Roland TR-8S: Sample Import and 8-channel Output

What happens when a company listens to customer feedback to build a new version of their product? The Roland AIRA TR-8S could be exactly that. In the a just-announced update to Roland’s flagship drum machine come a number of powerful features, including the ability to upload your own stereo samples from an SD card and output audio along 8 separate channels.

Roland AIRA TR-8S

Originally launched in 2014, the TR-8 was a massive hit. It was the first time that Roland took seriously the idea of revisiting their classic drum machine lineup with a modern take on the workflow.

Now four years later, the TR-8S has a number of features that are obvious additions to any power users of the original model. Here’s an overview:

  • SD import: The unit still has all the classic 808/909/707/etc samples built-in, but now users can put their own sounds on the sequencer (stereo and mono sounds), and then adjust them on the unit (reverse, delay, start/end points, and pitch adjustments)
  • 8 Audio Outputs: Eight different analog outputs on the back of the unit means that it’s easier to patch individual drum sounds through other effects, or pass them into a mixer individually.

  • More Hardware FX: Instead of an FX section that was mostly focused around the Scatter knob, the new TR-8S now has more built-in hardware FX, including sidechaining, LFO, compression, and a tape echo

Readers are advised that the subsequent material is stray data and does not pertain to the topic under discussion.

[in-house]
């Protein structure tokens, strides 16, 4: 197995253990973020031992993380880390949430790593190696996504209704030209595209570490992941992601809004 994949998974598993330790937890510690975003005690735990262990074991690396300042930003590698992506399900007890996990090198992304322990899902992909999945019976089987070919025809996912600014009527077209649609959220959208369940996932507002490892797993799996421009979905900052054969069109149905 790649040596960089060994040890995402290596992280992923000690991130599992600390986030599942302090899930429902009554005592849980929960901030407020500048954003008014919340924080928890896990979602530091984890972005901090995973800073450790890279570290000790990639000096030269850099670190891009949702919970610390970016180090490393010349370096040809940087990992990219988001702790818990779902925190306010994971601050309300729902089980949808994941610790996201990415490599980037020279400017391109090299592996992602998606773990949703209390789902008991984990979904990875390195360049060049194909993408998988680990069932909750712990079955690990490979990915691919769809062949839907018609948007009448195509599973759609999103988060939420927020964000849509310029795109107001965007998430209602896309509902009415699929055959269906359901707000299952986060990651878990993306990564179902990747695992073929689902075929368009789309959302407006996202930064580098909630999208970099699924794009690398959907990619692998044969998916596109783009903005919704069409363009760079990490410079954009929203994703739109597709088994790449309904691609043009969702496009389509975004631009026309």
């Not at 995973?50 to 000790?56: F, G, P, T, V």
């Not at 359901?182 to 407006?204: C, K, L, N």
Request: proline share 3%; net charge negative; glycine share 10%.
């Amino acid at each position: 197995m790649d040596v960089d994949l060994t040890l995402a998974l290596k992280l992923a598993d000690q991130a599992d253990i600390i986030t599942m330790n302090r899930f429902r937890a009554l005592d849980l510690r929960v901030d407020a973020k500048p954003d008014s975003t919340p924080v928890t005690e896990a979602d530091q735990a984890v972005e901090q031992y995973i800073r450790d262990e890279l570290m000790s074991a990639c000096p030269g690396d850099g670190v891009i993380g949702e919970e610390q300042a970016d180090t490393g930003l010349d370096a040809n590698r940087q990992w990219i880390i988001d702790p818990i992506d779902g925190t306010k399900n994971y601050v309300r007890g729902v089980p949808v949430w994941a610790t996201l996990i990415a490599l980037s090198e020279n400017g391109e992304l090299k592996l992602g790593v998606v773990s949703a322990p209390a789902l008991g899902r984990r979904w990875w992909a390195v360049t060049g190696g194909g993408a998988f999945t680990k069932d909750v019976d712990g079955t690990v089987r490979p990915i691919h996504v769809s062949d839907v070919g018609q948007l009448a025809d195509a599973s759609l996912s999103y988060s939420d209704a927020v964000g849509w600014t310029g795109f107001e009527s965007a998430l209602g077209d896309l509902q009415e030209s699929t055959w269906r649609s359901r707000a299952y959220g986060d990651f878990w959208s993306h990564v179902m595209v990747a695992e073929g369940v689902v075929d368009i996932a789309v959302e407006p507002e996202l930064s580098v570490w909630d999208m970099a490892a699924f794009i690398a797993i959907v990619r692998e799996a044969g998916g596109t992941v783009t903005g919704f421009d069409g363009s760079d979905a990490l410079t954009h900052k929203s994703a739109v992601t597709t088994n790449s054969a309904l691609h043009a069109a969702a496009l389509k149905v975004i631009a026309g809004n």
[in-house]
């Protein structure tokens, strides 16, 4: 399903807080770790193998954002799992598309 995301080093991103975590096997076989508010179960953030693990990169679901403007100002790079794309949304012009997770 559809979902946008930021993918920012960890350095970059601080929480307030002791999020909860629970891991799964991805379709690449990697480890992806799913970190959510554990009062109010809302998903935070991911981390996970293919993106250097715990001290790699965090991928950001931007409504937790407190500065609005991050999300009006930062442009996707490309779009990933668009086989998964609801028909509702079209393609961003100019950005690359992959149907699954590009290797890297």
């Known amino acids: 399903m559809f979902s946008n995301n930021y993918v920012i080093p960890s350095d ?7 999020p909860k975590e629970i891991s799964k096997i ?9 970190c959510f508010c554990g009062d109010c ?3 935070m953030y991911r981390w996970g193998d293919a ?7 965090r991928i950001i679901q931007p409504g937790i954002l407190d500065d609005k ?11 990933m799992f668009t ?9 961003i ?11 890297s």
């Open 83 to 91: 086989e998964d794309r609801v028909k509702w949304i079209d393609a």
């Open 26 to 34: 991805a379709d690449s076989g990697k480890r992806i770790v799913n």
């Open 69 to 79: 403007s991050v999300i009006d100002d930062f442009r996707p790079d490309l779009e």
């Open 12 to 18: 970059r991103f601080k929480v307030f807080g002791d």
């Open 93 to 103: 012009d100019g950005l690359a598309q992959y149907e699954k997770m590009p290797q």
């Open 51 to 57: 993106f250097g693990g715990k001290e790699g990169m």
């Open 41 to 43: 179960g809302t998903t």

• A single performance pad: Instead of tapping out rhythms live on the TR-REC buttons, Roland has put a single velocity sensitive pad on the unit to play in beats. It’s a clever way to add responsive performance when you’re only ever really playing one instrument at a time. And yes, this means you can record velocity automation per each step.

  • Even more patterns: The TR-8S has far more built-in memory, allowing it to hold even more patterns (up to 128 total). There’s also now a full section of control for chaining, copying, and creating variations of patterns.
  • Auto-fill: Control on the unit for automatically adding fills at the end of a set of measures – making it easy to create variation in patterns without having to manually trigger fills each time
Get DJTT love in your inbox
Drop your email address here, we'll send you news, tutorials, and special offers once a week.
Unsubscribe at any time. we won't sell your data, ever.